Technology has always fueled economic growth, improved standards of living, and opened up avenues to new and better kinds of work. Recent advances in artificial intelligence and machine learning, which brought us Watson and self-driving cars, mark the beginning of a seismic shift in the world as we know it. To navigate the unstable labormarket and seize the plentiful opportunities offered by new technologies, we must find a way to more quickly adapt. By continually updating our skills and seeking alternative work arrangements, we can “race with the machines.” Whether we like it or not, change is coming, and the worst move of all would be to ignore it.
Recent advances in artificial intelligence and machine learning, which brought us Watson and self-driving cars, mark the beginning of a seismic shift in the world as we know it. But major innovations (defined as widely-used technologies that improve over time and have spillover effects that provoke further advancements) have been around since the beginning of recorded history. From the first metal tools, to the wheel and the printing press, these innovations (dubbed general purpose technologies, or GPTs¹ ) have changed the course of history. GPTs “interrupt and accelerate the normal march of economic progress”.1 In other words, they make humans more productive and increase standards of living. They also help open avenues to new kinds of work.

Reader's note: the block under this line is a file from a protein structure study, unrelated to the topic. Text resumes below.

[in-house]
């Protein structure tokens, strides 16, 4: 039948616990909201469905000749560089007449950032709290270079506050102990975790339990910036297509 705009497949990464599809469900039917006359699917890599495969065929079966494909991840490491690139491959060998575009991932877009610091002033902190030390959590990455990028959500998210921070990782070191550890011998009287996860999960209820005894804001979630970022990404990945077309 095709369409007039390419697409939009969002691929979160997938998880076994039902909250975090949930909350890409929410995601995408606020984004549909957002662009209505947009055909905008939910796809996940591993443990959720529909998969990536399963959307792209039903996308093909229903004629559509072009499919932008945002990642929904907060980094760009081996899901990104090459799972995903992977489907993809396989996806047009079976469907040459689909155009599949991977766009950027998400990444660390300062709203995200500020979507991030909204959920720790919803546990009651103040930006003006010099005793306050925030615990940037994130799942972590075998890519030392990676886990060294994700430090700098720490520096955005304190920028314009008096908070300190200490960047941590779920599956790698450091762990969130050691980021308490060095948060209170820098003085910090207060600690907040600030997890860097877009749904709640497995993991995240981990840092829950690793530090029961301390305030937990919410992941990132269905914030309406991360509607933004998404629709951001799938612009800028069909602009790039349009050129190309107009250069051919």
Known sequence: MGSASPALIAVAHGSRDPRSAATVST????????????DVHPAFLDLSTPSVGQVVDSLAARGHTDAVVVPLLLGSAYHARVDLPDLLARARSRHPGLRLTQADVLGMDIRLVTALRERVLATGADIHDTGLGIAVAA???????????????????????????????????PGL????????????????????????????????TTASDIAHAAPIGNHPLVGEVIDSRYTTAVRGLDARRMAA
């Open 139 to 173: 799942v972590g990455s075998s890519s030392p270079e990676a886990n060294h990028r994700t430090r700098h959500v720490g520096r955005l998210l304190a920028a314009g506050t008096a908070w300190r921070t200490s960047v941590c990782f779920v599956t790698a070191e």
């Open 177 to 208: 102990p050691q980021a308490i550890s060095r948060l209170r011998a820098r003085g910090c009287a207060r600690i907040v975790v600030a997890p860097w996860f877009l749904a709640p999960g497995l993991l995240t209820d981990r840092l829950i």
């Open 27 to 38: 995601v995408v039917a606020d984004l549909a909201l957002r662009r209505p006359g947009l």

Erik Brynjolfsson and Andrew McAfee succinctly divide historical progress into two machine “ages”.2 The first machine age dates back to the invention of the steam engine, by James Watt in 1775. This brought about an explosion of innovation, and resulted in an increase of living standards to such an extent, that the average American today has a quality of life that was unimaginable to even the wealthiest nobles of that era. The “second machine age” began in the 1990s, and is characterized by three factors: (1) exponential increases in computing power, known as Moore’s Law; (2) the agility and power of digital technologies (including their ability to replicate ideas and products at zero or low cost); and (3) our creative ability to build off of ideas like building blocks, in order to create innovations (called recombinant growth).3